THE GOSPEL GRACE OF WELCOMING (2)
How Embracing Others with Differences of Conscience Protects Church Unity
In my last post, I introduced this subject of dealing redemptively with so-called gray areas in the church.
In this post I want to continue the discussion by unpacking the gist of the gospel grace of welcoming that helps preserve unity in this challenging area of church life.
The gist of welcoming is an ongoing determination to embrace others in spite of differences over morally neutral matters. Paul speaks in Romans of two different categories of believers.
In 14:1 he refers to those weak in faith. In Rom. 15:1 he talks of we who are strong. Notice he counts himself among the strong by using the 1st person plural we. What does he mean?
He gets very concrete in 14:2 – One person believes he may eat anything (the strong), while the weak person eats only vegetables. Over the issue of food, these believers fought, probably not from a nutritional perspective but from a religious one.
The vegetarians probably worried that eating meat might make them guilty of idolatry, if that meat came from offerings to idols (see 1 Cor. 8 for similar concerns in that fellowship).
The meat eaters lost no sleep over that so-called problem at all.
In verses 5ff Paul introduces another area of controversy plaguing the church – One person esteems one day as better than another, while another esteems all days alike.
In both matters of eating and day keeping, he categorizes the opposing positions in terms of strong and weak. By strong, including himself, he means the spiritually mature, fully able to enjoy their Christian liberty, completely emancipated from un-Christian inhibitions and taboos.
By weak, he means the spiritually immature, not yet fully liberated by the gospel and its call to freedom (Gal. 5:13), but rather constrained in their conscience not to do certain things for fear of displeasing God.
Jim Boice used this example of strong vs. weak:
Charles Spurgeon was the greatest preacher of his age, but he was frequently criticized for being funny. When one woman objected to the humor he inserted into his sermons Spurgeon told her, “Madam, you would think a great deal better of me if you knew the funny things I kept out.” A young man asked what he should do about a box of cigars he had been given. Spurgeon solved his problem. “Give them to me,” he said, “and I will smoke them to the glory of God.” On another occasion Spurgeon was criticized for traveling to meetings in a first class railway carriage. His antagonist said, “Mr. Spurgeon, what are you doing up here? I am riding back there in the third class carriage taking care of the Lord’s money.” Spurgeon replied, “And I am up here in the first class carriage taking care of the Lord’s servant.”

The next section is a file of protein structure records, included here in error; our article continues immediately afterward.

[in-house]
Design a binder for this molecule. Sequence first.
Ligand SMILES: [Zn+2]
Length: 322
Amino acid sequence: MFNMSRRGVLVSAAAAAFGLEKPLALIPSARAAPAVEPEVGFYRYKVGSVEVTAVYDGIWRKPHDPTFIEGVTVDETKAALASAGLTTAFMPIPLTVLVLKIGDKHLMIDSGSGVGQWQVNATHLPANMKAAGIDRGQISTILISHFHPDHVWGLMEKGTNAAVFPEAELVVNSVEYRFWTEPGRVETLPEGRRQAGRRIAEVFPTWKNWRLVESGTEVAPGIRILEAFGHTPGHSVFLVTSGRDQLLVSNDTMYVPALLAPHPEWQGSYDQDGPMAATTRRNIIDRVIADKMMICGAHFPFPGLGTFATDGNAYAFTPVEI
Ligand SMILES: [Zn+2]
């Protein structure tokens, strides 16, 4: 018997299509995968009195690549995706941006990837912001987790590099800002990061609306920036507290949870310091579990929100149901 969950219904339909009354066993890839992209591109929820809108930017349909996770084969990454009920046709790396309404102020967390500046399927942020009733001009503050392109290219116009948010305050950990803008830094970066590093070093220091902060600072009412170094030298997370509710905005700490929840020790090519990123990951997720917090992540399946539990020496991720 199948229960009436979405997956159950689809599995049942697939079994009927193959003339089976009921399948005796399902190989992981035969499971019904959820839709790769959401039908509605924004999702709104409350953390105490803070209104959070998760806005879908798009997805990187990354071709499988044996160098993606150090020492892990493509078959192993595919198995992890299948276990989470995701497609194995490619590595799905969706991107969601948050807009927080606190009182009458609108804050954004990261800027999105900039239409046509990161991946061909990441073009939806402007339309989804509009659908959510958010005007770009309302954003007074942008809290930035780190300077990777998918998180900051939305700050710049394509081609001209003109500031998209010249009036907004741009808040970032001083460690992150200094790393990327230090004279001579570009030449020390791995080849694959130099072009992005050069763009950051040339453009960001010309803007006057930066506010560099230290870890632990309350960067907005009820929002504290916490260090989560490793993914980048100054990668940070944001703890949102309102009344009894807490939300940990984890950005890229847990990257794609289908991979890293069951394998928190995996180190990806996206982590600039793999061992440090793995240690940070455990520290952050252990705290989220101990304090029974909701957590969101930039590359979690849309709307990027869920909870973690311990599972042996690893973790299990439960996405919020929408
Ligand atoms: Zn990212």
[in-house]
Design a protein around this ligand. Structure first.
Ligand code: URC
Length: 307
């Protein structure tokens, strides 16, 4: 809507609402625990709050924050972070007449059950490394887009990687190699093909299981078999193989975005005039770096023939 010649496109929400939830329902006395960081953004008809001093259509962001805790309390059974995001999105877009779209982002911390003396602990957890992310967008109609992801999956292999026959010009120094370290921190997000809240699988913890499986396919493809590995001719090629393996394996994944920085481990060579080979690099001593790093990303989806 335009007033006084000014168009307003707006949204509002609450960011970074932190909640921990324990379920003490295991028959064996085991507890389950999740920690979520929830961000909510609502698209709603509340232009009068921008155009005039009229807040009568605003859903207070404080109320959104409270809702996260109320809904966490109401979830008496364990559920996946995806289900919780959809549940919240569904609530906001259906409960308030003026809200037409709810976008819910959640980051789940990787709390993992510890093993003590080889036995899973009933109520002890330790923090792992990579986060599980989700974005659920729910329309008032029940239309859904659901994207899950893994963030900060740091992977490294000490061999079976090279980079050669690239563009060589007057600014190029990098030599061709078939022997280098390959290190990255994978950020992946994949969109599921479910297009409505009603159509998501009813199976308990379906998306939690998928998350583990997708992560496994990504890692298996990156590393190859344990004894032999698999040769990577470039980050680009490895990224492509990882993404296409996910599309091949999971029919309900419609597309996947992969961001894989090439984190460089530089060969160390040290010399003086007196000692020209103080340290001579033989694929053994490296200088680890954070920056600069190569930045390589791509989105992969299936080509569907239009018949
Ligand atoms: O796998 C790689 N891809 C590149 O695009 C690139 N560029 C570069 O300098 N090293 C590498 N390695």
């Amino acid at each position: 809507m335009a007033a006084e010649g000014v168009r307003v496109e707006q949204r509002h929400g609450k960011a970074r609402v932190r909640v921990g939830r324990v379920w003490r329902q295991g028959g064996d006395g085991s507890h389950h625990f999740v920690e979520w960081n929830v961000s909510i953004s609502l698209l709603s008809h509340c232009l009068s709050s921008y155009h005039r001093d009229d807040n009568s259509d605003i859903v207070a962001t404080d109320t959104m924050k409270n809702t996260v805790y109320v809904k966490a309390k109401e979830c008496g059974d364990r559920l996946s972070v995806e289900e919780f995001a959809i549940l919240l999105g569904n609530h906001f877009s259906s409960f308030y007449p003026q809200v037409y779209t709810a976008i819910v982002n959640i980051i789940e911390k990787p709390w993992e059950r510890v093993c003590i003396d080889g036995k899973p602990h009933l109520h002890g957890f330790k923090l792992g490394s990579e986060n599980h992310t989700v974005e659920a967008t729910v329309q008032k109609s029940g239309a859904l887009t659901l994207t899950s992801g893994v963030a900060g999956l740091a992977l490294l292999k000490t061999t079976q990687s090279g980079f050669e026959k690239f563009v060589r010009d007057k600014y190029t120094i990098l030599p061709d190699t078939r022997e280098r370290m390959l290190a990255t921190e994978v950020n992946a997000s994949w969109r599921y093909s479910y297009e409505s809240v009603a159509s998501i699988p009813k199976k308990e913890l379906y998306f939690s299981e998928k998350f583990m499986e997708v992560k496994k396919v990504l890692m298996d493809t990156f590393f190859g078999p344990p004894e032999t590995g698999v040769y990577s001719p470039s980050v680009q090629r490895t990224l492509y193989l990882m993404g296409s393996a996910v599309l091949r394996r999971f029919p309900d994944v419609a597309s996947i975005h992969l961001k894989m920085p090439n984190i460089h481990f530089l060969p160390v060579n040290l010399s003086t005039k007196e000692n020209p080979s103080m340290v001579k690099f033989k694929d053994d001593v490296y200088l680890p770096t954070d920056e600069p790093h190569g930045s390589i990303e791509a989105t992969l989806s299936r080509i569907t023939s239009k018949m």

Both sides, strong and weak, judged one another. Consider Rom. 14:3. Let not the one who eats despise the one who abstains, and let not the one who abstains pass judgment on the one who eats.
The Greek word for despise is a strong word. It means to consider as nothing, to treat with contempt. The strong who ate judged the weak who didn’t as legalists; the weak who abstained judged the strong who didn’t as libertines.
That built walls between them in the community. That created chasms in their fellowship. And to that Paul strongly objected giving this command: welcome one another.
The word is proslambano – literally, take to oneself. It means accept or receive. I like the word embrace. Perhaps one of the best concrete biblical examples we have of the spirit behind the word comes from Acts 28:2 – The native people showed us unusual kindness, for they kindled a fire and welcomed us all, because it had begun to rain and was cold.
To welcome is to draw someone into your fellowship and companionship, to treat them gently and kindly, irrespective of their views on morally neutral issues – and not, by the way, for the purpose of disputing about those things according to v. 1 – welcome him, but not to quarrel over opinions.
Forget that! Each one should be fully convinced in his own mind (Rom. 14:5). Mine is not to change my brother’s mind; mine is to embrace my brother, strong or weak, eating or not, drinking or not, smoking or not, movie and theater going or not, and a host of other doubtful things, principles of conscience, for which the Scripture colors no black and white.
So the gist of welcoming as a grace of gospel-shaped community is an ongoing determination to embrace others in spite of differences over morally neutral matters.